Nanodrugs phenomenal advances in nanotechnology and nanoscience have been accompanied by exciting progress in de novo design of nano sized drugs. Nanoparticles with their large space of structural amenability and excellent mechanical and electrical properties have become ideal candidates for high efficacy nanomedicines in both diagnostics and therapeutics. The therapeutic nanomedicines can be further categorized into nanocarriers for conventional drugs and nanodrugs with direct curing of target diseases. Here we review some of the recent advances in de novo design of nanodrugs, with an emphasis on the molecular level understanding of their interactions with biological systems including key proteins and cell membranes. We also include some of the latest advances in the development of nanocarriers with both passive and active targeting for completeness. These studies may shed light on a better understanding of the molecular mechanisms behind these nanodrugs, and also provide new insights and direction for the future design of nanomedicines.

  • Track 2-1Nano Sized Drugs
  • Track 2-2Novel Drugs to Nano Drugs
  • Track 2-3Nanodrugs for Cancer Therapy
  • Track 2-4Nanodrugs for Veterinary Therapeutics
  • Track 2-5Nanodrugs for Medical applications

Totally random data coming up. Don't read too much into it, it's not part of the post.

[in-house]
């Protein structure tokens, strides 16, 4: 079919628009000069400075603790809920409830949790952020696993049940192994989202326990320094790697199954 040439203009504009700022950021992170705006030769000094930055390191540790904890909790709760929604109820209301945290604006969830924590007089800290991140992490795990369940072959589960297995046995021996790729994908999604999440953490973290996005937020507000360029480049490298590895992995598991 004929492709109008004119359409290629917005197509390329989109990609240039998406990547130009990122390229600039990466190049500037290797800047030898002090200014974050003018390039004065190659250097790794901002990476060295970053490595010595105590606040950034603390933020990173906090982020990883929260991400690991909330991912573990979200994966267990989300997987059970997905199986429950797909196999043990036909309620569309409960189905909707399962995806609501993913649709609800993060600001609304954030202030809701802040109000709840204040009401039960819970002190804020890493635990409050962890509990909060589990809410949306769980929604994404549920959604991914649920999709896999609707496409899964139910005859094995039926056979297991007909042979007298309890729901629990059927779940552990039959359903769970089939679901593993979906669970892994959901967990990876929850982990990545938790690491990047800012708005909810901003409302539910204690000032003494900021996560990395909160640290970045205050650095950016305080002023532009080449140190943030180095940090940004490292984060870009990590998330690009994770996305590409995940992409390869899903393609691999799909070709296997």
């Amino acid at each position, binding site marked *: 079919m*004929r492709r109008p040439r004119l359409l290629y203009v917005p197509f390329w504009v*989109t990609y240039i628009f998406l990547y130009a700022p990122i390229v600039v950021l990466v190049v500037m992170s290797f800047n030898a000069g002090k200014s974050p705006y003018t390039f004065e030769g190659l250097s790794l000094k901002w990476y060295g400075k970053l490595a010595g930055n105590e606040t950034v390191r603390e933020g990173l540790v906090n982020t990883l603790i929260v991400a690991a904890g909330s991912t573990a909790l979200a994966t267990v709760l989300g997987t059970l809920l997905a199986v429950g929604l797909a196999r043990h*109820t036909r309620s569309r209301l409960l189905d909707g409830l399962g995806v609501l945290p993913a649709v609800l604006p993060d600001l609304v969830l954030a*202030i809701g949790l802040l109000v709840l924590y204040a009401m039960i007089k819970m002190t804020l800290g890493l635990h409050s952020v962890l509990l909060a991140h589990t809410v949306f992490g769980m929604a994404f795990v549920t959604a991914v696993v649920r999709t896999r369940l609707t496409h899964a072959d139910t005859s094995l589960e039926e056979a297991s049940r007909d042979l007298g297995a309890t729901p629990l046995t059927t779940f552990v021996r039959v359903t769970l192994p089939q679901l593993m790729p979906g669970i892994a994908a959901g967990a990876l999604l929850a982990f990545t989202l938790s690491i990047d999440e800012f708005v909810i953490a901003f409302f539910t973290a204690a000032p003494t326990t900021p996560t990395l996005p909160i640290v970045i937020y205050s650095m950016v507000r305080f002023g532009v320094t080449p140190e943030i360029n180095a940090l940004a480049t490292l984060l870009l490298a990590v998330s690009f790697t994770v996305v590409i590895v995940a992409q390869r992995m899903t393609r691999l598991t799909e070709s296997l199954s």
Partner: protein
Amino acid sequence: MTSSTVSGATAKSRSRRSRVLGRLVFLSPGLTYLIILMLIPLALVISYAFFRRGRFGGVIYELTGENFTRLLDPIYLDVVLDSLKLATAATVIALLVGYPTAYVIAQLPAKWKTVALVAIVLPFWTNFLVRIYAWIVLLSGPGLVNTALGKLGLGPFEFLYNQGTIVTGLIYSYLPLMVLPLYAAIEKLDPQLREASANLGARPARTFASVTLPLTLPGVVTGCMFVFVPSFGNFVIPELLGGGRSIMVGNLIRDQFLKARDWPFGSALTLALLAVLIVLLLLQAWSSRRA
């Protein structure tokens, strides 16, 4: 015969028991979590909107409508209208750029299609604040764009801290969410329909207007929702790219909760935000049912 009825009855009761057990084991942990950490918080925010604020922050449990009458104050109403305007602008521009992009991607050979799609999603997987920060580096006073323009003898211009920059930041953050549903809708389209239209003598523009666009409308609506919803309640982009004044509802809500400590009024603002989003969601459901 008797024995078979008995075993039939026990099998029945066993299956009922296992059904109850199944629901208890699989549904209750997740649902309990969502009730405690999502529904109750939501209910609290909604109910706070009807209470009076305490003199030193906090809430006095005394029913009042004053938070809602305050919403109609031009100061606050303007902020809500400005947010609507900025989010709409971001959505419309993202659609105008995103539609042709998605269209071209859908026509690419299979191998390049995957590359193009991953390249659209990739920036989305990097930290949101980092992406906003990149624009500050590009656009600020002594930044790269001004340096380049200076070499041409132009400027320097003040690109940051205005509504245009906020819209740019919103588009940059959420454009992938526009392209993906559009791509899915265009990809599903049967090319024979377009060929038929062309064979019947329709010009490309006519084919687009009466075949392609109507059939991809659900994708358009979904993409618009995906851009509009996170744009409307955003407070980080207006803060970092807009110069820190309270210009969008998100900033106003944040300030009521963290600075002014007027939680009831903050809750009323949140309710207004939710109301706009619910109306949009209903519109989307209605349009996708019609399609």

• Track 2-6Nanodrugs for Herbal medicines and Cosmetics

Nanomedicine is the medical application of nanotechnology. Nanomedicine ranges from the medical applications of nanomaterials and biological devices, to nanoelectronic biosensors, and even possible future applications of molecular nanotechnology such as biological machines. Using nanoparticle contrast agents, images such as ultrasound and MRI have a favorable distribution and improved contrast. This might be accomplished by self assembled biocompatible nanodevices that will detect, evaluate, treat and report to the clinical doctor automatically. Nanotechnology ("nanotech") is manipulation of matter on an atomic, molecular, and supramolecular scale. The earliest, widespread description of nanotechnology referred to the particular technological goal of precisely manipulating atoms and molecules for fabrication of macro scale products, also now referred to as molecular nanotechnology. A more generalized description of nanotechnology was subsequently established by the National Nanotechnology Initiative, which defines nanotechnology as the manipulation of matter with at least one dimension sized from 1 to 100 nanometers.